Hi5's SocioPath will help social gamers and studios escape Facebook


Today during GDC Online, social game website hi5 announced SocioPath, a new platform designed to free social game developers from the clutches of Facebook. If you've been following, the website has become increasingly constrictive on gaming growth by first cutting their viral reach by reducing the amount of gaming stories that appear in feeds and recently changing the way games get discovered entirely. And President and CTO of hi5 Alex St. John has followed these developments very closely.

"Social media game developers and publishers are facing significant barriers to drive audience and revenue on social networks, and are struggling under the restrictions imposed on them by these portals," St. John said. "We're providing a platform that enables social game developers and publishers to be liberated from the walled garden social network, build their own communities around their games, and monetize them efficiently."

The social gaming website has already laid the groundwork earlier this year with support for Facebook-compatible APIs, meaning Facebook game developers can bring their games right over with little hassle. Over the coming months, hi5 will introduce SocioPath to select development partners like Digital Chocolate, Playdom, BigPoint, Ultima Online creator Richard Garriott's Portalarium and more so they can work to grow their communities on a platform that won't compete with their growth.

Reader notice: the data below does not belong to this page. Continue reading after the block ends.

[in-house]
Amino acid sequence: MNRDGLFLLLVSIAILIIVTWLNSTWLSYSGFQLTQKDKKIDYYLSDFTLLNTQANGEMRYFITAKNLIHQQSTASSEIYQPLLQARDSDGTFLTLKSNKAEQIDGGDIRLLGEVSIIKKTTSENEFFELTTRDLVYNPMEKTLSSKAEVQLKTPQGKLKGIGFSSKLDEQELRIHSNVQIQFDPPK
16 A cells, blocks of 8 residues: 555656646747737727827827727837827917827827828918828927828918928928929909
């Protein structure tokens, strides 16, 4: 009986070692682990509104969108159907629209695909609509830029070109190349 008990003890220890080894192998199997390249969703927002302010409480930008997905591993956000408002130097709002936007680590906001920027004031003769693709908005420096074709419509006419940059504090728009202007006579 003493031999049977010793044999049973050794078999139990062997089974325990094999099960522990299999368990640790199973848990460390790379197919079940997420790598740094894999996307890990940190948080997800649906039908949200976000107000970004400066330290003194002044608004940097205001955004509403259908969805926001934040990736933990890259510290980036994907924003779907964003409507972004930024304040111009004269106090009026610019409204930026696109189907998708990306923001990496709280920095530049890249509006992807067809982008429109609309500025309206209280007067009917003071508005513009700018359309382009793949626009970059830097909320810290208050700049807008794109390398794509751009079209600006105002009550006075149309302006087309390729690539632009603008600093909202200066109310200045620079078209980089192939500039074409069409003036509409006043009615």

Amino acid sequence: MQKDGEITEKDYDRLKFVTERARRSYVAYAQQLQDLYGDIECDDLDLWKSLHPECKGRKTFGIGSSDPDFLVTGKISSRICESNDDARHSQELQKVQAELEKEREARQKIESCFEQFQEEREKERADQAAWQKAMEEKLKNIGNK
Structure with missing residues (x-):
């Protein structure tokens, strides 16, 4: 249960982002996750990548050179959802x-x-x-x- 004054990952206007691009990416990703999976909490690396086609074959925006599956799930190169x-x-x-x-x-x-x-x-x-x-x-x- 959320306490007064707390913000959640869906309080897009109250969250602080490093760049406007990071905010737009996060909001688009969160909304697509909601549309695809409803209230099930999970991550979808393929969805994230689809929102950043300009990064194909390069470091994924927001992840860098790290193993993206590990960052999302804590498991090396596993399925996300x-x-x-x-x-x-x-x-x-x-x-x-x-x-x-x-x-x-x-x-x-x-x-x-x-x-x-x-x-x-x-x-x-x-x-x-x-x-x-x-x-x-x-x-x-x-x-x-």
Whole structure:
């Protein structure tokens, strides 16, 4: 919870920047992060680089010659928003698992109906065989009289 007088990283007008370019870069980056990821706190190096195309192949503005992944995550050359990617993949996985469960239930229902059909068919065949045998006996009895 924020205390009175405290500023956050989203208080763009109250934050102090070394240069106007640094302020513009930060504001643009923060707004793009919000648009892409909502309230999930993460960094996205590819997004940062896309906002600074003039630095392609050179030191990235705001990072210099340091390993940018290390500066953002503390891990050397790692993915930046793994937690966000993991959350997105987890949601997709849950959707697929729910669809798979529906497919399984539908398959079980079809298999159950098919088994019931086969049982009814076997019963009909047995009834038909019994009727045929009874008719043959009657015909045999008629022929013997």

"We've already been experiencing early success with our title, PortCasino Poker, which has received five times more traffic on hi5 versus other social networks," said Garriott, co-founder and creative director at Portalarium. "We're looking forward to growing our relationship with hi5, bringing more of our games to the site, and leveraging their new platform to increase our audience."

With big time social games developers on board, it looks like hi5's SocioPath could definitely be a worthy adversary for Facebook in the games arena, but how these studios will entice their existing audiences (i.e. you) to join them on a new platform has yet to be seen. While a place where social gamers can share freely (and be noticed) again sounds good in our book, we doubt Facebook would appreciate developers luring so many gamers away through their own Facebook pages. Well, somebody has to break the news to the big Z.

Do you think hi5's SocioPath could compete with Facebook in the social games arena? Would you rather play your games on Facebook or move over to hi5? Sound off in the comments. Add Comment.

Originally published